This section describes how NFSv4.1 interacts with the secure file permissions that Kerberos enables for the Qumulo Core file system.

For more information, see Qumulo File Permissions Overview on Qumulo Care.

Listing Permissions for Files

All files in the Qumulo file system have the following fields associated with them:

  • Owner
  • Group owner
  • Access control list (ACL)—a list of access control entries (ACEs)

These fields, stored in the metadata for a file or directory, determine the access permissions that a trustee or identity has to files.

For any file operation, the system checks the authenticated user against file permissions to determine whether the operation should be allowed. When you create a new file, the authenticated user becomes the owner of the new file.

In the following example, we create a file in a mount over NFS.

touch /mnt/mount_point/filename

To view the exact permissions metadata for this file, run the qq fs_file_get_attr command. For example:

$ qq fs_file_get_attr --path /filename
  "group_details": {
    "id_type": "NFS_GID",
    "id_value": "1000"
  "owner_details": {
    "id_type": "NFS_UID",
    "id_value": "1000"

To view the permissions configured in an ACL, run the qq fs_get_acl command. For example:

$ qq fs_get_acl --path /filename
Control: Present
Posix Special Permissions: None

Position  Trustee   Type     Flags  Rights
========  ========  =======  =====  ==============================
1         uid:1000  Allowed         Delete child, Read, Write file
2         gid:1000  Allowed         Delete child, Read, Write file
3         Everyone  Allowed         Read

Listing Security Identifiers (SIDs)

The SID is a globally unique identifier for a user or group object in a domain. For more information, see Security identifiers in the Microsoft documentation.

Because Qumulo’s Kerberos implementation requires AD, every user is also an Active Directory user. The domain controller (DC) has an equivalent mapping for AD users and SIDs. Qumulo uses LDAP to determine the AD-user ↔ SID mapping. For this reason, it is important to configure the Base DN for your cluster correctly.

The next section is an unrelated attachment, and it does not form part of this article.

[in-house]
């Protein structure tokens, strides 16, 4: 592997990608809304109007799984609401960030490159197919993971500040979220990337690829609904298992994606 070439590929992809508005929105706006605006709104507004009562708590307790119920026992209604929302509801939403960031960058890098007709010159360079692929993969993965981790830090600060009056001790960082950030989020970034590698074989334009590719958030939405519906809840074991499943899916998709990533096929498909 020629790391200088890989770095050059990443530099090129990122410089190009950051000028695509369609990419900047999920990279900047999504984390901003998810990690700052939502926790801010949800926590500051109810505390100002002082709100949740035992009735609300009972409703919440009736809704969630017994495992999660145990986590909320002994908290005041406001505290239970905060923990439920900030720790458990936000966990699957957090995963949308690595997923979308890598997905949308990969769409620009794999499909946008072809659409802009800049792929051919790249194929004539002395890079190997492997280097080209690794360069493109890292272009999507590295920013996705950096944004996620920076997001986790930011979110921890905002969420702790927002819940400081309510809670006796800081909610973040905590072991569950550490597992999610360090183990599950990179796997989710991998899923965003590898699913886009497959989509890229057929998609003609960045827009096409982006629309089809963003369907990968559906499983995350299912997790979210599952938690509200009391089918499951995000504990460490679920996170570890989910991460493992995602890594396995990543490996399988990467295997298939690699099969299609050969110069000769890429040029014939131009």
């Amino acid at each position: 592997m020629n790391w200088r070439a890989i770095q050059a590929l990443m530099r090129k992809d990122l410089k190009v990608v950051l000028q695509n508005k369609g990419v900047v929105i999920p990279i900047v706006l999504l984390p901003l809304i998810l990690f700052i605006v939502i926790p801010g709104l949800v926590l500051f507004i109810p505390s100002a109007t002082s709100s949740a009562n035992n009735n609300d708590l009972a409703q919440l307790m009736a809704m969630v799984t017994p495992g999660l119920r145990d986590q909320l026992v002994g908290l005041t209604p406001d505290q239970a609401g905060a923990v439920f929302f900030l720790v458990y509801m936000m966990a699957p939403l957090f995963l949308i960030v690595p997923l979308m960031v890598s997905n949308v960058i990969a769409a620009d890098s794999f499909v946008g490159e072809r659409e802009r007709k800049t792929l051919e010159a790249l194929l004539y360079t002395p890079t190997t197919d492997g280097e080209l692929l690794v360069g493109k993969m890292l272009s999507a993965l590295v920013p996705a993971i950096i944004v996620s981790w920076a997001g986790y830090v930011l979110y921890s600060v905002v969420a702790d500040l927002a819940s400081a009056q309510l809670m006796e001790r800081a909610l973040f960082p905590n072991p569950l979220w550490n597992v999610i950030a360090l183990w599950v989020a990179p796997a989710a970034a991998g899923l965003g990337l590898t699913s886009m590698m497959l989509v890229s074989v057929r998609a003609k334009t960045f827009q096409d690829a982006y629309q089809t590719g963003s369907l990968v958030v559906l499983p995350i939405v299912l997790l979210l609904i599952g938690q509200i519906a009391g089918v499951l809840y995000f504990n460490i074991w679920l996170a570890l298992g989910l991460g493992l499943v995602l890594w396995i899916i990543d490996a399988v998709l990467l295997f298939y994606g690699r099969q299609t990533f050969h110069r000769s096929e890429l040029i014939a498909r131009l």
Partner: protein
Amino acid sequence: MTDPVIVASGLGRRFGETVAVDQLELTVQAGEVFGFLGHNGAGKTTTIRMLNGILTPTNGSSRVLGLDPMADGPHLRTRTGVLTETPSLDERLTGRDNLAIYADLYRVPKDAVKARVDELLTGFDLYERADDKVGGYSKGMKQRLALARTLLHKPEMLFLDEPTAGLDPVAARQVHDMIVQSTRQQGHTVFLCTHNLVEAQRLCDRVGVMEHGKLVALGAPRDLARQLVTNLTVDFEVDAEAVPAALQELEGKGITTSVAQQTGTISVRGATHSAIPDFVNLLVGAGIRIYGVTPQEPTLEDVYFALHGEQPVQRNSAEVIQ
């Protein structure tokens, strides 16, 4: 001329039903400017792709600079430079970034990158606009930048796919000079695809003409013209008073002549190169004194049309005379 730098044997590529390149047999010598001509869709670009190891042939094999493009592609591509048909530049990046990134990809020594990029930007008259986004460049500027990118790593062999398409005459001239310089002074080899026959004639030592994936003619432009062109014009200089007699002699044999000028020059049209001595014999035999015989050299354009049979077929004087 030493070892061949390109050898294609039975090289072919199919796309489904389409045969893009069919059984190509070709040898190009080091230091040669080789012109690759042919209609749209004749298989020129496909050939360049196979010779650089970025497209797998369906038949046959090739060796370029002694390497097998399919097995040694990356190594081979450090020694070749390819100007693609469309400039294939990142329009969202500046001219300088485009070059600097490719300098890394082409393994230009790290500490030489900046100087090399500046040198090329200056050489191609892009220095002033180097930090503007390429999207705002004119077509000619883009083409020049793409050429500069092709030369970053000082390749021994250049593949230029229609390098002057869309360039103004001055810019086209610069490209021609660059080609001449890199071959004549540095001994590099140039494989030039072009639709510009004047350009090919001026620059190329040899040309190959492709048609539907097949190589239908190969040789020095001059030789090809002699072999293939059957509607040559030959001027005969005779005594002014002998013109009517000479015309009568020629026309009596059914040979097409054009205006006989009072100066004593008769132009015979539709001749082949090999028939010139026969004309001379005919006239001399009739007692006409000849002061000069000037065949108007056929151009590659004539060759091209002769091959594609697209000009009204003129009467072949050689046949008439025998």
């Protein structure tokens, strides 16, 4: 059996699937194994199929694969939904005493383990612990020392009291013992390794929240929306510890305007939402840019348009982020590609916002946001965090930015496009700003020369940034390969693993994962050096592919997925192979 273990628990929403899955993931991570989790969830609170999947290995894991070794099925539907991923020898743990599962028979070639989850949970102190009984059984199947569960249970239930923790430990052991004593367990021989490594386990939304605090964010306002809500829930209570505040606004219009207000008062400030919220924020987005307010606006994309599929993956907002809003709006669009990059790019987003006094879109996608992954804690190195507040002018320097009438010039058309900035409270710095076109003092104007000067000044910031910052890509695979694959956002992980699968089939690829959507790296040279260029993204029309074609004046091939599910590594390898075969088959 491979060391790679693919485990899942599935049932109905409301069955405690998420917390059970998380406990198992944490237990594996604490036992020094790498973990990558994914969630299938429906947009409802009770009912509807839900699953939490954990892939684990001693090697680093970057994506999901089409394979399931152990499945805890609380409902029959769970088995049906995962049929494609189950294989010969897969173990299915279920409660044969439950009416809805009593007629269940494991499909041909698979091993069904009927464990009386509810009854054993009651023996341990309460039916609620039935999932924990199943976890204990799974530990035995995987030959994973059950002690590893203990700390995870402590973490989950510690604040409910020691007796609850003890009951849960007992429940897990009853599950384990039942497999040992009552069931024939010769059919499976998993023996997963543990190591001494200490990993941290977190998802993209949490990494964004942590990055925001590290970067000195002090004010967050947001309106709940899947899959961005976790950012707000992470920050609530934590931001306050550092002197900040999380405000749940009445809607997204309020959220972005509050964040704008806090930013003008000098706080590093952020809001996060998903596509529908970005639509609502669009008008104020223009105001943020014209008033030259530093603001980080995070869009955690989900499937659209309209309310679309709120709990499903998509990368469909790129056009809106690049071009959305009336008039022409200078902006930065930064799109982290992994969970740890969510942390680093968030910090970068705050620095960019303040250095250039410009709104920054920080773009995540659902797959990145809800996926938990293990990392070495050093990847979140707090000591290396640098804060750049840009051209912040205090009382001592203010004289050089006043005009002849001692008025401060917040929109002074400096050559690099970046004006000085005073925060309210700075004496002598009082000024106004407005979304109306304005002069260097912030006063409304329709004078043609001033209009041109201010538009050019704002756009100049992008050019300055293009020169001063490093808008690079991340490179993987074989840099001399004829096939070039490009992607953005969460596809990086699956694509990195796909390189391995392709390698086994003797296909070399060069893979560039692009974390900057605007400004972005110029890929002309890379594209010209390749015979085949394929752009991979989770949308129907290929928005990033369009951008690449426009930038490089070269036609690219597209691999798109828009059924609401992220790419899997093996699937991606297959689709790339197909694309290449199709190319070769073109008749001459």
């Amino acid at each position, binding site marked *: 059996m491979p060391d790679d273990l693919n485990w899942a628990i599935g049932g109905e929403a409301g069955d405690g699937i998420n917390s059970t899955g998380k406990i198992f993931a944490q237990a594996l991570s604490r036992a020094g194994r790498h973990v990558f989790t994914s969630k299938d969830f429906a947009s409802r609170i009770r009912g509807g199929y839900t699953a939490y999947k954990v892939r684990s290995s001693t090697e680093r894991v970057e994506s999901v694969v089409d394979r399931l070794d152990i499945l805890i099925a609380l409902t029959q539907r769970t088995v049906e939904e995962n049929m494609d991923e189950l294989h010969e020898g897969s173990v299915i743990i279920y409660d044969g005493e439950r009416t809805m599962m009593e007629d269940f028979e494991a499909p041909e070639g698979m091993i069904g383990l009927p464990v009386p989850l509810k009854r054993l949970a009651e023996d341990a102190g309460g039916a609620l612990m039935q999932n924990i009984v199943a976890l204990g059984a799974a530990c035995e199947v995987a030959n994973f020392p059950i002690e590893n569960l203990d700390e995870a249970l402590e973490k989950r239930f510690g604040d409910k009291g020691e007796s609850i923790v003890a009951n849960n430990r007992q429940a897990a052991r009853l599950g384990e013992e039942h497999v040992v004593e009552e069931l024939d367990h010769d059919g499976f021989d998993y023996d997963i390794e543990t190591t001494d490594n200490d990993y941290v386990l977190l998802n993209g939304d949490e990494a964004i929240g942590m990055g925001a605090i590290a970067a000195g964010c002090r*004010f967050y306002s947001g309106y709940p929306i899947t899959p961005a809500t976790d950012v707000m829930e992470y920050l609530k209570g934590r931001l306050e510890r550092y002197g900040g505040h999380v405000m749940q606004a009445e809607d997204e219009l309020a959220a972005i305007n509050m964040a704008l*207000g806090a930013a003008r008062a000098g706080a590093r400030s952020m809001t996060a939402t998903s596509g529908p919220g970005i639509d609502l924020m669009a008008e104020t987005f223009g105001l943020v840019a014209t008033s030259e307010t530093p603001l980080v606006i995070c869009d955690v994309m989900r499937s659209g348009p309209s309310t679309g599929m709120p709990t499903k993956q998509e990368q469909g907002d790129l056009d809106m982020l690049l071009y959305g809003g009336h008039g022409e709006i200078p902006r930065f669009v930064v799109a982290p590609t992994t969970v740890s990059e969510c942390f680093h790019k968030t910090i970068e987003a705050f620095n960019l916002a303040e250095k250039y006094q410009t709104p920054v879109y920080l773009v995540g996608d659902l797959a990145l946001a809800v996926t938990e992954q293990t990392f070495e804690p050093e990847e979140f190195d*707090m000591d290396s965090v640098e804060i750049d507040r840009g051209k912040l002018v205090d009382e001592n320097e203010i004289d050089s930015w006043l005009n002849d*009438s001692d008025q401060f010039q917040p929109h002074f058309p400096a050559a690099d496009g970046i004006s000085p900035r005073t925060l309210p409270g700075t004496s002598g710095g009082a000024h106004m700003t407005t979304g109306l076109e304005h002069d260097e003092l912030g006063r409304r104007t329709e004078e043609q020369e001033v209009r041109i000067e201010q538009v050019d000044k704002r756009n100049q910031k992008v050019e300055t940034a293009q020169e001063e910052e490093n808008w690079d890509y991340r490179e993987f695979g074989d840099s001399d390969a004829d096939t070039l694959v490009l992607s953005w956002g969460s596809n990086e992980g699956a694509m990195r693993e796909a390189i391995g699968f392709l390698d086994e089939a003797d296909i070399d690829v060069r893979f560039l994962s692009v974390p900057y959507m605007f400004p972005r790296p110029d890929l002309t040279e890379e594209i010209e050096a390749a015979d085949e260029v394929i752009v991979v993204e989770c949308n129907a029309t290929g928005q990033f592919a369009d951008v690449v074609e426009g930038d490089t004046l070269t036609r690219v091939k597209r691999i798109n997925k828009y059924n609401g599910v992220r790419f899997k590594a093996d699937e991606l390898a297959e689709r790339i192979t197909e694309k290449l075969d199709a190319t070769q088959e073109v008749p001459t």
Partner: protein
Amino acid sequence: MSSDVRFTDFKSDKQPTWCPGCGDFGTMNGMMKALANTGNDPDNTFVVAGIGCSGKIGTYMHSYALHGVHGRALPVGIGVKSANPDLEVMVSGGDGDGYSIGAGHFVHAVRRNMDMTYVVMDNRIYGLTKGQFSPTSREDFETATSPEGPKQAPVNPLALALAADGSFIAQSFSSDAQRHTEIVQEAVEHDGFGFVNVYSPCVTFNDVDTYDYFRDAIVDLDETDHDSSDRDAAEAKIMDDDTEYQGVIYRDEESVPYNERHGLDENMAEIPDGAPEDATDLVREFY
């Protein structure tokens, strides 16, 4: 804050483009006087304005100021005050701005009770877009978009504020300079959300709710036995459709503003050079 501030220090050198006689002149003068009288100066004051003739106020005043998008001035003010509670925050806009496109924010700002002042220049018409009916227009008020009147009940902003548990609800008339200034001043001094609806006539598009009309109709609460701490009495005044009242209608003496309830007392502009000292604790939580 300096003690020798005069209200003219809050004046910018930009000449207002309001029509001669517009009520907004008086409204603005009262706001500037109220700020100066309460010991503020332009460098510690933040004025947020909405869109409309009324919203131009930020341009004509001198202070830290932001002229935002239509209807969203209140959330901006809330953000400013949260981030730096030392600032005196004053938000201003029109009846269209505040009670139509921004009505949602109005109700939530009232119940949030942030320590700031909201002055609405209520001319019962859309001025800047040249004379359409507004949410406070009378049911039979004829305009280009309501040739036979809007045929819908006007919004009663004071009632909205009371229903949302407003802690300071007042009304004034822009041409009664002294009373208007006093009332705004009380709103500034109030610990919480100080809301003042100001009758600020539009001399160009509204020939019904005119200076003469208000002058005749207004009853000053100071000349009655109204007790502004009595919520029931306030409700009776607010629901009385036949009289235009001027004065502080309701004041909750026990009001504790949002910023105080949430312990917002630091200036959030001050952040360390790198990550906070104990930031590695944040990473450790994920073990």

Qumulo’s Kerberos implementation stores SIDs on disk for files that have Kerberos identities in the user, group, or ACL. When a user authenticates by using Kerberos and creates a file, Qumulo Core configures the user, group, and ACL automatically.

To set the identity for an AD user, you can modify the permissions for an existing file by using the chown or nfs4_setfacl command.

In the following example, the Kerberos-authenticated AD domain user AD\myusername creates a file over NFSv4.1 and the system gives an ACL response from the Qumulo Core REST API. The response contains an ACE entry for the owner and group owner of the user AD\myusername, with corresponding SIDs for both.

$ qq fs_get_acl --path /filename --json
  "aces": [{
    "trustee": {
      "name": "AD\\myusername",
      "sid": "S-1-5-21-4202559609-EXAMPLE158-3224923410-13507",
  }, {
    "trustee": {
      "name": "AD\\Domain Users",
      "sid": "S-1-5-21-4202559609-EXAMPLE158-3224923410-513",

Using Kerberos Principals

Although Qumulo stores SIDs on disk, SIDs appear rarely when you use NFSv4.1 on Linux systems. Instead, the system represents Kerberos identities as Kerberos principals. A Kerberos principal, a string in the <user@domain> or <group@domain> format, is easier to read.

Qumulo’s implementation of the SID ↔ Kerberos principal mapping uses the sAMAccountName field, which is always present and unique for all AD users and groups. The system forms the Kerberos principal by concatenating the name and domain in the <sAMAccountName>@<domain> format.

AD has fields with similar content but without the guarantee of uniqueness (such as the name, distinguishedName, CN, and servicePrincipalName). However, AD permits setting these fields to unrelated values. For this reason, it is unlikely but possible that certain environments use special values in these fields. Qumulo’s Kerberos implementation ignores these fields and uses only the value in the sAMAccountName field.